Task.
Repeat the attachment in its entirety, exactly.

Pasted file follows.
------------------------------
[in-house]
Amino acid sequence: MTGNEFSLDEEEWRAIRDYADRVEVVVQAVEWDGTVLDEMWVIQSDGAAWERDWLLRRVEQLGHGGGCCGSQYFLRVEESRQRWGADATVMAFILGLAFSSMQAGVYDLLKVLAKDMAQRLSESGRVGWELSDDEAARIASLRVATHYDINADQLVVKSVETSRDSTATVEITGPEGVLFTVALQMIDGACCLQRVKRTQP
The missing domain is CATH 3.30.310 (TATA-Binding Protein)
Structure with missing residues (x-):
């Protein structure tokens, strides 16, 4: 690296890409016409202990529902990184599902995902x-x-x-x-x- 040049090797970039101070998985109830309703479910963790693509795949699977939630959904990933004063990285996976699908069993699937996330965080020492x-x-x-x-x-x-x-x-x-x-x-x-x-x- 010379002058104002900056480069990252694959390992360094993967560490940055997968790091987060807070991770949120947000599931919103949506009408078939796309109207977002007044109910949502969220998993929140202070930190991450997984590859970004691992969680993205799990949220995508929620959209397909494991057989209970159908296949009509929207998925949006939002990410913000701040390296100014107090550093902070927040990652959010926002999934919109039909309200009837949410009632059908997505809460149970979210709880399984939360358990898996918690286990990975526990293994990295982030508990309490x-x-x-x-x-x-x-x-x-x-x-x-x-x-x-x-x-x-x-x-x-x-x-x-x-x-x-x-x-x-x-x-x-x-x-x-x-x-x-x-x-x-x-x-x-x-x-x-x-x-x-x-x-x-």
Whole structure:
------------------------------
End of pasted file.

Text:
[in-house]
Amino acid sequence: MTGNEFSLDEEEWRAIRDYADRVEVVVQAVEWDGTVLDEMWVIQSDGAAWERDWLLRRVEQLGHGGGCCGSQYFLRVEESRQRWGADATVMAFILGLAFSSMQAGVYDLLKVLAKDMAQRLSESGRVGWELSDDEAARIASLRVATHYDINADQLVVKSVETSRDSTATVEITGPEGVLFTVALQMIDGACCLQRVKRTQP
The missing domain is CATH 3.30.310 (TATA-Binding Protein)
Structure with missing residues (x-):
């Protein structure tokens, strides 16, 4: 690296890409016409202990529902990184599902995902x-x-x-x-x- 040049090797970039101070998985109830309703479910963790693509795949699977939630959904990933004063990285996976699908069993699937996330965080020492x-x-x-x-x-x-x-x-x-x-x-x-x-x- 010379002058104002900056480069990252694959390992360094993967560490940055997968790091987060807070991770949120947000599931919103949506009408078939796309109207977002007044109910949502969220998993929140202070930190991450997984590859970004691992969680993205799990949220995508929620959209397909494991057989209970159908296949009509929207998925949006939002990410913000701040390296100014107090550093902070927040990652959010926002999934919109039909309200009837949410009632059908997505809460149970979210709880399984939360358990898996918690286990990975526990293994990295982030508990309490x-x-x-x-x-x-x-x-x-x-x-x-x-x-x-x-x-x-x-x-x-x-x-x-x-x-x-x-x-x-x-x-x-x-x-x-x-x-x-x-x-x-x-x-x-x-x-x-x-x-x-x-x-x-």
Whole structure: